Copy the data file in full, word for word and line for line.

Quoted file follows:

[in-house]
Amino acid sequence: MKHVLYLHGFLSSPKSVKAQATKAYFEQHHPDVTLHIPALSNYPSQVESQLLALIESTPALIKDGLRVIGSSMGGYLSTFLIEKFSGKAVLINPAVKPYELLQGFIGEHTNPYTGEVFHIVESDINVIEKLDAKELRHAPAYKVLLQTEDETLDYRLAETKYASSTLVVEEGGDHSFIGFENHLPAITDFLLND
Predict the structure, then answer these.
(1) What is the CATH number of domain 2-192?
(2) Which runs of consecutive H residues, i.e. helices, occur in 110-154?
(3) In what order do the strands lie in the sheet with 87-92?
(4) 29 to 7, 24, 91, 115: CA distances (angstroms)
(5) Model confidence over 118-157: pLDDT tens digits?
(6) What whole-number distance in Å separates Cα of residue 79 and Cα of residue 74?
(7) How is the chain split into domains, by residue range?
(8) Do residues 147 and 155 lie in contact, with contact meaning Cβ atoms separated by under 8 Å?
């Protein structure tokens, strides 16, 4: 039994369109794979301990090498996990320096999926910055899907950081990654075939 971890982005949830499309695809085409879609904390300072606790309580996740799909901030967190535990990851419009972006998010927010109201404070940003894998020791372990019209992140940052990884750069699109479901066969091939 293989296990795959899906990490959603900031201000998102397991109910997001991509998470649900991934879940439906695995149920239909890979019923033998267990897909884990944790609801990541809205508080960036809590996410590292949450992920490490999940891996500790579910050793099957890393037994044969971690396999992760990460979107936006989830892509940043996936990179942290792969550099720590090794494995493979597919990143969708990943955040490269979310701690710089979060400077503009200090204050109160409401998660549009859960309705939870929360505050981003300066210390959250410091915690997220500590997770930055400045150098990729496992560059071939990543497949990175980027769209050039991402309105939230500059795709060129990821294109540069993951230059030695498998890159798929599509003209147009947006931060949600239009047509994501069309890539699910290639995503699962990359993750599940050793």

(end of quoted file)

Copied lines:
[in-house]
Amino acid sequence: MKHVLYLHGFLSSPKSVKAQATKAYFEQHHPDVTLHIPALSNYPSQVESQLLALIESTPALIKDGLRVIGSSMGGYLSTFLIEKFSGKAVLINPAVKPYELLQGFIGEHTNPYTGEVFHIVESDINVIEKLDAKELRHAPAYKVLLQTEDETLDYRLAETKYASSTLVVEEGGDHSFIGFENHLPAITDFLLND
Predict the structure, then answer these.
(1) What is the CATH number of domain 2-192?
(2) Which runs of consecutive H residues, i.e. helices, occur in 110-154?
(3) In what order do the strands lie in the sheet with 87-92?
(4) 29 to 7, 24, 91, 115: CA distances (angstroms)
(5) Model confidence over 118-157: pLDDT tens digits?
(6) What whole-number distance in Å separates Cα of residue 79 and Cα of residue 74?
(7) How is the chain split into domains, by residue range?
(8) Do residues 147 and 155 lie in contact, with contact meaning Cβ atoms separated by under 8 Å?
């Protein structure tokens, strides 16, 4: 039994369109794979301990090498996990320096999926910055899907950081990654075939 971890982005949830499309695809085409879609904390300072606790309580996740799909901030967190535990990851419009972006998010927010109201404070940003894998020791372990019209992140940052990884750069699109479901066969091939 293989296990795959899906990490959603900031201000998102397991109910997001991509998470649900991934879940439906695995149920239909890979019923033998267990897909884990944790609801990541809205508080960036809590996410590292949450992920490490999940891996500790579910050793099957890393037994044969971690396999992760990460979107936006989830892509940043996936990179942290792969550099720590090794494995493979597919990143969708990943955040490269979310701690710089979060400077503009200090204050109160409401998660549009859960309705939870929360505050981003300066210390959250410091915690997220500590997770930055400045150098990729496992560059071939990543497949990175980027769209050039991402309105939230500059795709060129990821294109540069993951230059030695498998890159798929599509003209147009947006931060949600239009047509994501069309890539699910290639995503699962990359993750599940050793």